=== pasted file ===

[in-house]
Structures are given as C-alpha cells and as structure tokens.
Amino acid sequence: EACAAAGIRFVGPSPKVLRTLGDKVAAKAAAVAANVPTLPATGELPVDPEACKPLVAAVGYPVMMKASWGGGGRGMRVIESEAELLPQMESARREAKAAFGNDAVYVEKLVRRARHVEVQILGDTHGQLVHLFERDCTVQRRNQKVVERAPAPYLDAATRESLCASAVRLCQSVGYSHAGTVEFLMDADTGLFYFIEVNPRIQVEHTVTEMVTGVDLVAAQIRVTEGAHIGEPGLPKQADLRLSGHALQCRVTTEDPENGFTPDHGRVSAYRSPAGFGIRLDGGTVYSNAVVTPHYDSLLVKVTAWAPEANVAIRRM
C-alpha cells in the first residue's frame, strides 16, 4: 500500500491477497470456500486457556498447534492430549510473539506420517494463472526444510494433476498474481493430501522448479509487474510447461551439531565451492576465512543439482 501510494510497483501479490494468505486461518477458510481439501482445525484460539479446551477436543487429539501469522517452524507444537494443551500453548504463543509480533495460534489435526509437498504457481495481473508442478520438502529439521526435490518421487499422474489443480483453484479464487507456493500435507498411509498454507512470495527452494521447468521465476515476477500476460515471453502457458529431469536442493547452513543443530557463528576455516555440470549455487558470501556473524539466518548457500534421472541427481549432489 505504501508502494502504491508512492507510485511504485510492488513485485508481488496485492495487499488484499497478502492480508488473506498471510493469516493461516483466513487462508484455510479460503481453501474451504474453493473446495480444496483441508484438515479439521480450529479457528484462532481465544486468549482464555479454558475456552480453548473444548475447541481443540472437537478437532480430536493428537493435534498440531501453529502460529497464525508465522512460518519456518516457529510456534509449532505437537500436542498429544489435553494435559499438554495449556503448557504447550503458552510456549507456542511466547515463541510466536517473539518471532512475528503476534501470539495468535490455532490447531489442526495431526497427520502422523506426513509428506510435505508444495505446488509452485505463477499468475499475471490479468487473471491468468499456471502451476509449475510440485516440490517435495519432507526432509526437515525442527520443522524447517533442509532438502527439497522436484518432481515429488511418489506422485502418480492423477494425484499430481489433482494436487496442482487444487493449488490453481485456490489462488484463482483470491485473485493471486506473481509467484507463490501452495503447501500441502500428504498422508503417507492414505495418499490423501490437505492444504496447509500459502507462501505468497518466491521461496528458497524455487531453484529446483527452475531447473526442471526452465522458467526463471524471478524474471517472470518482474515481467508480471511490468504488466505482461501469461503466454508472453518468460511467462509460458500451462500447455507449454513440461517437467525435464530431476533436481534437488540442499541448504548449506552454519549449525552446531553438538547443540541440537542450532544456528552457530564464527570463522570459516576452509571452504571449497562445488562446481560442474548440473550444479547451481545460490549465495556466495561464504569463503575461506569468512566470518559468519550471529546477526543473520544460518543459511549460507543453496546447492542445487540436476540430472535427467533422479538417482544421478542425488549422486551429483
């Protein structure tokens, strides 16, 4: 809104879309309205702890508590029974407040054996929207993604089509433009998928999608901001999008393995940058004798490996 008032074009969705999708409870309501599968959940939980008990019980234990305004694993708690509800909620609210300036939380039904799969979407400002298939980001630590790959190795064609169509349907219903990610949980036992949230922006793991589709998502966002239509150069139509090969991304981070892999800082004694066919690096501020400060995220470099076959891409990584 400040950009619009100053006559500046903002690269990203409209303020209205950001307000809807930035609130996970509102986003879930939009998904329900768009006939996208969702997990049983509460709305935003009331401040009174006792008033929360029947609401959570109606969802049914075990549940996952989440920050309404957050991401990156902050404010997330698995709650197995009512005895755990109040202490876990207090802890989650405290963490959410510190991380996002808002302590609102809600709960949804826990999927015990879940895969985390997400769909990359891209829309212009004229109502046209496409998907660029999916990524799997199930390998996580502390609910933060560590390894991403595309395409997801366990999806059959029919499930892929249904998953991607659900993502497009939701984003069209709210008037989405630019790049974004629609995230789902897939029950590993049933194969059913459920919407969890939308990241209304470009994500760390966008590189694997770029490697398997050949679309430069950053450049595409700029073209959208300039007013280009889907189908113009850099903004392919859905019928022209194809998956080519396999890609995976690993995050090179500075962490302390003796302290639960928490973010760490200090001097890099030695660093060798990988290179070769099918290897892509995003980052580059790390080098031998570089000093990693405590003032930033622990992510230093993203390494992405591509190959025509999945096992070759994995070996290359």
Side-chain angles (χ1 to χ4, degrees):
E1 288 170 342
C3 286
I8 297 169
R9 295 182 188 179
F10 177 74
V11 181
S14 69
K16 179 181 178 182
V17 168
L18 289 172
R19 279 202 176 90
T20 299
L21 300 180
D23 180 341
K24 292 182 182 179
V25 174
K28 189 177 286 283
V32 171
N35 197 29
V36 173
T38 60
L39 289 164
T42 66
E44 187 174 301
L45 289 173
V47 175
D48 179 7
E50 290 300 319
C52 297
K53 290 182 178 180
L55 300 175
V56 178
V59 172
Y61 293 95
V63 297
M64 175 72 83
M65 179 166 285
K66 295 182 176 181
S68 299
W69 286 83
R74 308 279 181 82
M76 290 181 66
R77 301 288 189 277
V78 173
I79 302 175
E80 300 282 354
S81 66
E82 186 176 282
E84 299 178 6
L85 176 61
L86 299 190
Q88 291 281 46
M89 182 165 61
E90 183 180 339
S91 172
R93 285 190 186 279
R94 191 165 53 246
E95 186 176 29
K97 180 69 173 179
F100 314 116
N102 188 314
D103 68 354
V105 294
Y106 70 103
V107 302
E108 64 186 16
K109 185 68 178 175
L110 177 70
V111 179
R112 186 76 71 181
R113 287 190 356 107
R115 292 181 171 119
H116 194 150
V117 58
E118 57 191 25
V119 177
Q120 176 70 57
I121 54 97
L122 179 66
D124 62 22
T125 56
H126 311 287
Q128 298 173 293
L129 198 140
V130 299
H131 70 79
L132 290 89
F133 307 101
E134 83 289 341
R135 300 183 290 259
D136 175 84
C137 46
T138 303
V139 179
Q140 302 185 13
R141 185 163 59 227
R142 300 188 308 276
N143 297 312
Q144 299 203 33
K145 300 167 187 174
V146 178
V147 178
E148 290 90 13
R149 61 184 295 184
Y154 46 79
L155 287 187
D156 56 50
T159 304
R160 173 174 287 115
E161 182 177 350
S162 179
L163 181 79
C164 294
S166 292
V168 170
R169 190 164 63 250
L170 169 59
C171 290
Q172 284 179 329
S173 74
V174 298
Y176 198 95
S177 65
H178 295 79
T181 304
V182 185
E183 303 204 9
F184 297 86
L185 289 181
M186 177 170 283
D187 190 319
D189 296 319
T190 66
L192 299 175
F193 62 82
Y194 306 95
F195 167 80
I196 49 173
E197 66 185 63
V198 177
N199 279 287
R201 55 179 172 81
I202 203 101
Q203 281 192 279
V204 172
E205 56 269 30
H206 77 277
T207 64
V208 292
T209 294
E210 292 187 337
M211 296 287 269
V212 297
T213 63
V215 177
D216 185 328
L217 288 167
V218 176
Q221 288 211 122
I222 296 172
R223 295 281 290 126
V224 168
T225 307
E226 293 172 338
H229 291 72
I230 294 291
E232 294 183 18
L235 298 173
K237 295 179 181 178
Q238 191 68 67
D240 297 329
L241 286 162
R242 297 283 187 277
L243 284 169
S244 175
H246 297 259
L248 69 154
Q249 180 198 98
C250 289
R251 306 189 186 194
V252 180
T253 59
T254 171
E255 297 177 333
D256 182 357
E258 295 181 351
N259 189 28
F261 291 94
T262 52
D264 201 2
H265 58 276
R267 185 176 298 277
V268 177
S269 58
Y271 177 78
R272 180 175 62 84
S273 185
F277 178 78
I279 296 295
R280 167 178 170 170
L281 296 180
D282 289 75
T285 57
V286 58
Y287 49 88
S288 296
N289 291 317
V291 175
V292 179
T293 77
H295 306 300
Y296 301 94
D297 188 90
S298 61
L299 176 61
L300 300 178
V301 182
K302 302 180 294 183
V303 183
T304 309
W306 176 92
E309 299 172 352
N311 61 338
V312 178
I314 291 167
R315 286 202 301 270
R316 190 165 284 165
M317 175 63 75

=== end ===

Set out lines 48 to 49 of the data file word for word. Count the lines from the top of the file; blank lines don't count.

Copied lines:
M76 290 181 66
R77 301 288 189 277